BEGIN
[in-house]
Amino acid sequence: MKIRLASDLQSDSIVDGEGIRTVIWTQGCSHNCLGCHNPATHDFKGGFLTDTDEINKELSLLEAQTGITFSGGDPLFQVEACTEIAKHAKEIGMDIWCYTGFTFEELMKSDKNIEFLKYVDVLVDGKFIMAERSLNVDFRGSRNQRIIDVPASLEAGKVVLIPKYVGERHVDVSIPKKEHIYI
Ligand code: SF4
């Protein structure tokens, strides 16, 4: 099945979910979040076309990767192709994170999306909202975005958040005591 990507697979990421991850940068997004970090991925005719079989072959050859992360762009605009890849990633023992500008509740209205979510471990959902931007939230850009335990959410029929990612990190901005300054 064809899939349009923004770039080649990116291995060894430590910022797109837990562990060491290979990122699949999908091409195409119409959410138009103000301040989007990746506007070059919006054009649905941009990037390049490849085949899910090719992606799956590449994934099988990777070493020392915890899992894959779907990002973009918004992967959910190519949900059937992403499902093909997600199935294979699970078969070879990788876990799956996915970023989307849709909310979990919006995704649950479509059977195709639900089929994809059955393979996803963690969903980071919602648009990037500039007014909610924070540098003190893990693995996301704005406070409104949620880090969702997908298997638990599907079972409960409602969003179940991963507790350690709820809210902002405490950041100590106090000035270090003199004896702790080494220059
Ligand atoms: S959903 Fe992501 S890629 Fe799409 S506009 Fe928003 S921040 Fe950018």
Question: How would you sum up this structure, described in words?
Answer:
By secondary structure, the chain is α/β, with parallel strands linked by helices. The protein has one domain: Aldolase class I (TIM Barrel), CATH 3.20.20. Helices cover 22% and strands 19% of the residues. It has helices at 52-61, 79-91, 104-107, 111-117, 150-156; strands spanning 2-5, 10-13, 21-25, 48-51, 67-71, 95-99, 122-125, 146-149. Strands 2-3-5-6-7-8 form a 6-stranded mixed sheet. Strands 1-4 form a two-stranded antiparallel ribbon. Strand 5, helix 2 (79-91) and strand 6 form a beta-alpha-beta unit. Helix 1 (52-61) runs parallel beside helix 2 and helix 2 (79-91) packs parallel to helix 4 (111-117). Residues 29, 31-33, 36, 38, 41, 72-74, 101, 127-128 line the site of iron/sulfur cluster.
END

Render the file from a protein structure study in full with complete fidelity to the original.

[in-house]
Amino acid sequence: MKIRLASDLQSDSIVDGEGIRTVIWTQGCSHNCLGCHNPATHDFKGGFLTDTDEINKELSLLEAQTGITFSGGDPLFQVEACTEIAKHAKEIGMDIWCYTGFTFEELMKSDKNIEFLKYVDVLVDGKFIMAERSLNVDFRGSRNQRIIDVPASLEAGKVVLIPKYVGERHVDVSIPKKEHIYI
Ligand code: SF4
């Protein structure tokens, strides 16, 4: 099945979910979040076309990767192709994170999306909202975005958040005591 990507697979990421991850940068997004970090991925005719079989072959050859992360762009605009890849990633023992500008509740209205979510471990959902931007939230850009335990959410029929990612990190901005300054 064809899939349009923004770039080649990116291995060894430590910022797109837990562990060491290979990122699949999908091409195409119409959410138009103000301040989007990746506007070059919006054009649905941009990037390049490849085949899910090719992606799956590449994934099988990777070493020392915890899992894959779907990002973009918004992967959910190519949900059937992403499902093909997600199935294979699970078969070879990788876990799956996915970023989307849709909310979990919006995704649950479509059977195709639900089929994809059955393979996803963690969903980071919602648009990037500039007014909610924070540098003190893990693995996301704005406070409104949620880090969702997908298997638990599907079972409960409602969003179940991963507790350690709820809210902002405490950041100590106090000035270090003199004896702790080494220059
Ligand atoms: S959903 Fe992501 S890629 Fe799409 S506009 Fe928003 S921040 Fe950018």
Question: How would you sum up this structure, described in words?
Answer:
By secondary structure, the chain is α/β, with parallel strands linked by helices. The protein has one domain: Aldolase class I (TIM Barrel), CATH 3.20.20. Helices cover 22% and strands 19% of the residues. It has helices at 52-61, 79-91, 104-107, 111-117, 150-156; strands spanning 2-5, 10-13, 21-25, 48-51, 67-71, 95-99, 122-125, 146-149. Strands 2-3-5-6-7-8 form a 6-stranded mixed sheet. Strands 1-4 form a two-stranded antiparallel ribbon. Strand 5, helix 2 (79-91) and strand 6 form a beta-alpha-beta unit. Helix 1 (52-61) runs parallel beside helix 2 and helix 2 (79-91) packs parallel to helix 4 (111-117). Residues 29, 31-33, 36, 38, 41, 72-74, 101, 127-128 line the site of iron/sulfur cluster.